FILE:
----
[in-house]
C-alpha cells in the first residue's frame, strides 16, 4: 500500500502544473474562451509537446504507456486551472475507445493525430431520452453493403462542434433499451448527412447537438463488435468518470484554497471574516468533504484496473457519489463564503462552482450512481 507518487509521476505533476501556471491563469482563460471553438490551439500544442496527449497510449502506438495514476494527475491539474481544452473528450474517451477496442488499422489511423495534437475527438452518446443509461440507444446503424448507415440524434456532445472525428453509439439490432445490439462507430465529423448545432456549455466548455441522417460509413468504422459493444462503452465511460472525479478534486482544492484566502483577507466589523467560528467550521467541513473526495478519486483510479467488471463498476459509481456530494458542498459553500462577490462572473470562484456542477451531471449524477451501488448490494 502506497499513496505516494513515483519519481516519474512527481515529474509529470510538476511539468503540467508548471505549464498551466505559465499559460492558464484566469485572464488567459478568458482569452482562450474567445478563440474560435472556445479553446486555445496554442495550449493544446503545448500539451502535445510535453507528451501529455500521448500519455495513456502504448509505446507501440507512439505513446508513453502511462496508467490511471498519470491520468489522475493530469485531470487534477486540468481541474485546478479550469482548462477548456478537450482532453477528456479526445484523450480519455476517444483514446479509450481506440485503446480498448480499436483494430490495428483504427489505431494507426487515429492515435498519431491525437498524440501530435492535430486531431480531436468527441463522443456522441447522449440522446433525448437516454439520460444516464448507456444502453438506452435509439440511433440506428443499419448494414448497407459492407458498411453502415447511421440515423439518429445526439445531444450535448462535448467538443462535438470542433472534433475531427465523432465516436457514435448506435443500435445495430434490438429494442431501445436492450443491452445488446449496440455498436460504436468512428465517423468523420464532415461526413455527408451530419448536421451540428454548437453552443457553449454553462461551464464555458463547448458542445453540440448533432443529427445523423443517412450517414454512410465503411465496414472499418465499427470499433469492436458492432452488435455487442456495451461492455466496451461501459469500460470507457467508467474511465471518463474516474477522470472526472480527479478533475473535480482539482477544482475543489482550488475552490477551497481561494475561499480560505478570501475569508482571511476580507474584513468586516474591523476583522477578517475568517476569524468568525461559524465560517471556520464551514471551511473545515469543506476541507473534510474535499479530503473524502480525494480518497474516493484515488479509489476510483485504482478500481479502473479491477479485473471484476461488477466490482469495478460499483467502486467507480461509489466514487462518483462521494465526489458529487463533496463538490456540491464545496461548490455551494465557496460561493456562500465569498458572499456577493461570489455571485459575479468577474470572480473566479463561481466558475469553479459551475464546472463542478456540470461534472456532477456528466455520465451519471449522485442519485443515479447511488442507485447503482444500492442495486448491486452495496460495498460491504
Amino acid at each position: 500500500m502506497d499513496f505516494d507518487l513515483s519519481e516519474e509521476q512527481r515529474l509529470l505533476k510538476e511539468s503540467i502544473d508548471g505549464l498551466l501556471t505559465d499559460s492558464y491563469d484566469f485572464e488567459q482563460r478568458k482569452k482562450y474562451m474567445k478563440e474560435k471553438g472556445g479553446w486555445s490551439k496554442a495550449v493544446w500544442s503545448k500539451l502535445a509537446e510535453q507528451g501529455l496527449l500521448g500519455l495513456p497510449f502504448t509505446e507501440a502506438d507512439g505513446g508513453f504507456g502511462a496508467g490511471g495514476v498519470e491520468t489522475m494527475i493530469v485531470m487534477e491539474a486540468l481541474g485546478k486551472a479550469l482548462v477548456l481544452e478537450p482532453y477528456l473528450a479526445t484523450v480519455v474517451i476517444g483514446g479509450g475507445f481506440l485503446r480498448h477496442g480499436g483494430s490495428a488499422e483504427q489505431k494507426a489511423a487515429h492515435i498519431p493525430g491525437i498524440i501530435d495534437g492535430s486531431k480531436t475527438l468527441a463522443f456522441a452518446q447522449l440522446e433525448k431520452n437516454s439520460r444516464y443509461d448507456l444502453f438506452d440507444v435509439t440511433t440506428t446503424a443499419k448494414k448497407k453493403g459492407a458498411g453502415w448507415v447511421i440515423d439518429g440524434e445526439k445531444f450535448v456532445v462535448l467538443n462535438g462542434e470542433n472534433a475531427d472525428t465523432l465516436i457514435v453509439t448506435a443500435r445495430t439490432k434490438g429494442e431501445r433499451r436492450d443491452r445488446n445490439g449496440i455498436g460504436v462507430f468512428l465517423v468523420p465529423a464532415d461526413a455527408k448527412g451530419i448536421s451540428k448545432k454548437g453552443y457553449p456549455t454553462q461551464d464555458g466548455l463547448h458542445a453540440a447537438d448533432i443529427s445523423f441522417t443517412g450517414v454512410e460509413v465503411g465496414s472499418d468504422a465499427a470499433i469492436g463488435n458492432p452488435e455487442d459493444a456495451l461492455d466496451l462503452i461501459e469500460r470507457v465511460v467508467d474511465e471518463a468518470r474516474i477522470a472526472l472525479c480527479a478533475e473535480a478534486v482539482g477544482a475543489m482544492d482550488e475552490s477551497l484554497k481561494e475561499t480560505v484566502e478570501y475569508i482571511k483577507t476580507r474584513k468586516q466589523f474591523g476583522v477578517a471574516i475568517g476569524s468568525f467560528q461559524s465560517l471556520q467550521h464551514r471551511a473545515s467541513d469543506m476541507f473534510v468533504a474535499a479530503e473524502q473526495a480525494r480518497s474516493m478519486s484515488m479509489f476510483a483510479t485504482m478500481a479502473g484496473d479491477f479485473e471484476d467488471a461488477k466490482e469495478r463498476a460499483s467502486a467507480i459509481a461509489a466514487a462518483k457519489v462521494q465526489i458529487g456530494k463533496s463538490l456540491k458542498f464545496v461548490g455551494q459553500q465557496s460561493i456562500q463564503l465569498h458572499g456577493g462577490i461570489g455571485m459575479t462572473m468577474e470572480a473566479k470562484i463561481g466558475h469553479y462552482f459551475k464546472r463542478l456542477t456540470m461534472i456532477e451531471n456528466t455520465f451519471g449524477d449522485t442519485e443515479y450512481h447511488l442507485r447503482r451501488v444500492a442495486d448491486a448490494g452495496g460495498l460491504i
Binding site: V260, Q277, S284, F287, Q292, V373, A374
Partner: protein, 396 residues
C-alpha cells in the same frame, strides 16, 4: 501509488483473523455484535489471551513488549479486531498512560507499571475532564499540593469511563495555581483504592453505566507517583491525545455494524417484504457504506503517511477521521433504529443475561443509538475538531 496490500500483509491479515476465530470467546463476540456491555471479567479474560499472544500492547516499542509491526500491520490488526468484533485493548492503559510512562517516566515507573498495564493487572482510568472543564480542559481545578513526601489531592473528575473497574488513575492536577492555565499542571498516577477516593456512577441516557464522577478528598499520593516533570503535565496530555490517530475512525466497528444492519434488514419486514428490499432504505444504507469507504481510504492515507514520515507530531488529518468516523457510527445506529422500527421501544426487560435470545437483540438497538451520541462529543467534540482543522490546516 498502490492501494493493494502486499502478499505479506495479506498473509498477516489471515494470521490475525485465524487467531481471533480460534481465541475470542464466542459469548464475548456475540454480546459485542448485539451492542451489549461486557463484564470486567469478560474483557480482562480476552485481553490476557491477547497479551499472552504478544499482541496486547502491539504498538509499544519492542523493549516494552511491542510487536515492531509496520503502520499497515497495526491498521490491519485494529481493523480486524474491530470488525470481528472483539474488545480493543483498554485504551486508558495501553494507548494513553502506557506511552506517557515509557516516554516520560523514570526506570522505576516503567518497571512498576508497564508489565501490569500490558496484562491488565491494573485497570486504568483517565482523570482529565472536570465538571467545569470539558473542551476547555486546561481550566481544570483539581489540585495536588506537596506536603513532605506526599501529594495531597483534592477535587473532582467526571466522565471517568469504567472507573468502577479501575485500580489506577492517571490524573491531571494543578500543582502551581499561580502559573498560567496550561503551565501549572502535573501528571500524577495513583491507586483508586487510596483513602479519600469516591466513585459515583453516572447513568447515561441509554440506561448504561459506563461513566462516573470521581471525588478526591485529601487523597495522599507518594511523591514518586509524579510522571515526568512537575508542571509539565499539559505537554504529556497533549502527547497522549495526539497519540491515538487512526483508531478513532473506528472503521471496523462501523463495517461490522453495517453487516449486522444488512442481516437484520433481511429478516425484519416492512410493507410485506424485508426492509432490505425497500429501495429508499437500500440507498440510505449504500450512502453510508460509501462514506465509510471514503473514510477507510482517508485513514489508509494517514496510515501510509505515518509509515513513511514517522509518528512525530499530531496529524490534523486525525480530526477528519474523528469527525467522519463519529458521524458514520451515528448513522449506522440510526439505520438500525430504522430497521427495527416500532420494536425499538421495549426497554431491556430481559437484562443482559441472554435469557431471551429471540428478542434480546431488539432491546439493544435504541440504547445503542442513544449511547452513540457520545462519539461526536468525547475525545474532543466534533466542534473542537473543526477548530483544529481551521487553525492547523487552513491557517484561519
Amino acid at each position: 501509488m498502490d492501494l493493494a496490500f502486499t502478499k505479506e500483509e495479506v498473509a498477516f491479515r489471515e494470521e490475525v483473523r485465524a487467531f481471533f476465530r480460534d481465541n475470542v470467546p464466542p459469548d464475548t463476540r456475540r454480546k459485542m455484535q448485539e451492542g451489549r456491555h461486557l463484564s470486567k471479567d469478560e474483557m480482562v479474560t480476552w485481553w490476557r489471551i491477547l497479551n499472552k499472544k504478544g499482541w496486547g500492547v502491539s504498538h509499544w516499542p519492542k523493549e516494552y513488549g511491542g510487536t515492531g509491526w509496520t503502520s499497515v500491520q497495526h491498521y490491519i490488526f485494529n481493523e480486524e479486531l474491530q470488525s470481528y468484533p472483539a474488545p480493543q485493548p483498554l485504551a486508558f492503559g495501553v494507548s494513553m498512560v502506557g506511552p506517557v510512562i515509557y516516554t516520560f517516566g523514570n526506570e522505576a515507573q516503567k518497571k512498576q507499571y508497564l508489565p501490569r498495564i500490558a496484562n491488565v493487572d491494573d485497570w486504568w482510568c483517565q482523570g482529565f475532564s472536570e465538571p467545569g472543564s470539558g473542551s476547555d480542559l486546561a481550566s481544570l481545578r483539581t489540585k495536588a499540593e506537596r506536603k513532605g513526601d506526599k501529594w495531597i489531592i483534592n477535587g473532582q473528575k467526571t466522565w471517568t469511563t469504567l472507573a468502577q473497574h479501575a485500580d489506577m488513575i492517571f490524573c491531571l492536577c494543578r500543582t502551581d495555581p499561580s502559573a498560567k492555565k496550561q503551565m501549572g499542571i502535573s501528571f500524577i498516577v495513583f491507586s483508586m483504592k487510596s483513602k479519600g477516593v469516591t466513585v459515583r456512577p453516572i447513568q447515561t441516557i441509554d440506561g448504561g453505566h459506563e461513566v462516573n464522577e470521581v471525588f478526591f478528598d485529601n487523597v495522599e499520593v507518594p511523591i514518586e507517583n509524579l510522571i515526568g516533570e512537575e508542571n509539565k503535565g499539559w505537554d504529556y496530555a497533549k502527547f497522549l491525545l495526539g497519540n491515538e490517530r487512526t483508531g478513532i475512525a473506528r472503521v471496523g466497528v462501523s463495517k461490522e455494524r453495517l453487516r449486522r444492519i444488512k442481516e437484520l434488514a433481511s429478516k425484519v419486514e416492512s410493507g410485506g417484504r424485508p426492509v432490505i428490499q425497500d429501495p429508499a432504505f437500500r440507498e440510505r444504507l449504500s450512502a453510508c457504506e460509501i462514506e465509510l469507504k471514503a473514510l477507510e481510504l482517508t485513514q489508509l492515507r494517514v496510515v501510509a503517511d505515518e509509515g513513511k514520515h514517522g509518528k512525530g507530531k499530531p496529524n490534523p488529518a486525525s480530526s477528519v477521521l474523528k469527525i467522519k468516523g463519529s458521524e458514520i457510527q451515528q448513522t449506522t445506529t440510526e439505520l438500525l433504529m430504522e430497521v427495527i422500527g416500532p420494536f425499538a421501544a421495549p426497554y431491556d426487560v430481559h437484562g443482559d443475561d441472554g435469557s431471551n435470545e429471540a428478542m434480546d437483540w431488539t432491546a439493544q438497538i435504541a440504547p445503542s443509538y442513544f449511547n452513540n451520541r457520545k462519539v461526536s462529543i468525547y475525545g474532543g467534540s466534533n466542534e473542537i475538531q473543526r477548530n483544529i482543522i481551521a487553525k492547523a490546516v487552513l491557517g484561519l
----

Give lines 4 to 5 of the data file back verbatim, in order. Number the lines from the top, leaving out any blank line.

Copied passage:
Binding site: V260, Q277, S284, F287, Q292, V373, A374
Partner: protein, 396 residues